DePauw University Office of Sustainability declares a war on waste


The Office of Sustainability has set its sights on managing and eliminating waste on DePauw’s campus for the 2014-2015 school year.

The theme of this year’s initiative is “Envisioning Zer0 Waste," the four goals of which are to reduce and reuse, to recycle, to reestablish a compost system and to rethink and rebuild DePauw’s culture of sustainability and waste.

“We are focusing on envisioning a campus that has zero waste,” Anthony Barratta said.

Barratta, director of the office of sustainability, oversees the campaign

“I really like the idea of having a themed year,” said Jeanette Pope, faculty sustainability coordinator and chair of the campus sustainability committee.

This committee comprises faculty and staff across the university and aims to “institutionalize sustainability and make connections between it and the academic mission of the university.”

Pope and the rest of her committee plan to conduct a campus sustainability study.

“The Office of Sustainability was created in 2008 when President Casey signed the American College and Universities Presidents Climate Commitment,” Barratta said. The goal of this commitment is to achieve carbon neutrality by 2040.  One major and well-known effort that adds to the progress of this goal is recycling.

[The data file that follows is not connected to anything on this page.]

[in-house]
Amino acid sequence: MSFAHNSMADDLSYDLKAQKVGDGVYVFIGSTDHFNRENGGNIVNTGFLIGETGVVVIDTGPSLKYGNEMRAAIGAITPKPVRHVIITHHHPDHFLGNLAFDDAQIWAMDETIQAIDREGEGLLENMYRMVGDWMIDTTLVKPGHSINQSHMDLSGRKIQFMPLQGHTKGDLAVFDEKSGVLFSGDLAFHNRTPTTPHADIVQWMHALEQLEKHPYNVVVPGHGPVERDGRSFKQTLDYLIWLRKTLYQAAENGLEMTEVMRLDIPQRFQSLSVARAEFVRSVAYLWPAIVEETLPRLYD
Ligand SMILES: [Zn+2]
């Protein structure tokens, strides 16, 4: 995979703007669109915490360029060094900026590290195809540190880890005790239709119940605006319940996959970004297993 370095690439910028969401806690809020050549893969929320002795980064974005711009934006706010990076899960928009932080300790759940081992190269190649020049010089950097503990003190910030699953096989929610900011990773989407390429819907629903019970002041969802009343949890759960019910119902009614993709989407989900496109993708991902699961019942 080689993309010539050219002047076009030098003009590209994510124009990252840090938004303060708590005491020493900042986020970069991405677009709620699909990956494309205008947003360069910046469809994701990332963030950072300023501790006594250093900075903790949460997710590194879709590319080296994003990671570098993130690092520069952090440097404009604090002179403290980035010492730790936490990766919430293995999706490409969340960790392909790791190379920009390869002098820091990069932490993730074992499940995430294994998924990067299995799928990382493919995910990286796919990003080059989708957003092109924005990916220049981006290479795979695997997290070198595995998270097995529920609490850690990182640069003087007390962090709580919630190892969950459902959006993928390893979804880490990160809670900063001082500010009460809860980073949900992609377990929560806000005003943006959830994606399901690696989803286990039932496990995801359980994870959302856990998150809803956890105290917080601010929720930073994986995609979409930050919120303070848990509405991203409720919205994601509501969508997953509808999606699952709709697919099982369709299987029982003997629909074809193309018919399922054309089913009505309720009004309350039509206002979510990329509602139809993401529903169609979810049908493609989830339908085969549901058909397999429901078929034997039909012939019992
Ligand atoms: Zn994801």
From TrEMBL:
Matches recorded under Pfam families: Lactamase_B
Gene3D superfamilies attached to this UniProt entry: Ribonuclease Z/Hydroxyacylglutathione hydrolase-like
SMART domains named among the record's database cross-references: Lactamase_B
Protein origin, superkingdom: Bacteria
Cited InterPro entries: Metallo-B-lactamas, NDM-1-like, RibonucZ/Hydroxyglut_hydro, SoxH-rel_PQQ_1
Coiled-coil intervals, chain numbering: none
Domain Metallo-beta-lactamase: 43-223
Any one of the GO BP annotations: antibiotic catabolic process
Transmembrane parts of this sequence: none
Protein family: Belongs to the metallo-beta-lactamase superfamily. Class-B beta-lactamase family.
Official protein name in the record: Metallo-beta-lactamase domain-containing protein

“We want to revamp our recycling programs so that everyone knows what’s recycled and have the bins in optimal places,” Barratta said. “They aren’t properly labeled right now.”

“Recycling is an awesome gateway. It’s easy to do, and it invites us to think about critical questions,” said Pope.

The Eco-Reps program serves as a powerful arm of sustainability’s strategic attack. Barratta explained that the Office of Sustainability recruits these volunteers “to advance different sustainability initiatives on campus.” This year, Eco-Reps expanded from eight students to 20.

Kojo Addaquay, a junior Environmental Fellow and two-year member of the Eco-Reps program, is making a dedication to aid in the elimination of waste.

Speaking about Eco-Reps, Addaquay said, “We organize the major sustainability efforts on campus, like Energy Wars and Recyclemania.” Beyond such events, Eco-Reps organize speaker events and recycling efforts. According to Addaquay, the program addresses “the ins and outs of recycling and waste management” in order to make campus recycling more effective.

“Climate change is a big concern for our students and our university, and all these other environmental issues that are related to climate change as well,” Barratta said. “If we are teaching students to go out into the world to be leaders, we want them to be able to lead on these issues.

“The biggest challenge,” said Pope, “is how do we create the vision for the society we want to have.”

“I don’t think the impact we make [this year] matters as much as the change in mindsets and attitudes toward sustainability,” said Addaquay.

His statement echoes the fourth and final goal of this year’s sustainability initiative: “Rethink: build campus culture around zero waste strategies.”

“What would it [mean] if, on this campus, nothing went to a landfill, nothing went to an incinerator?” asked Pope. “What kind of powerful statement would DePauw be able to make if we could do that?”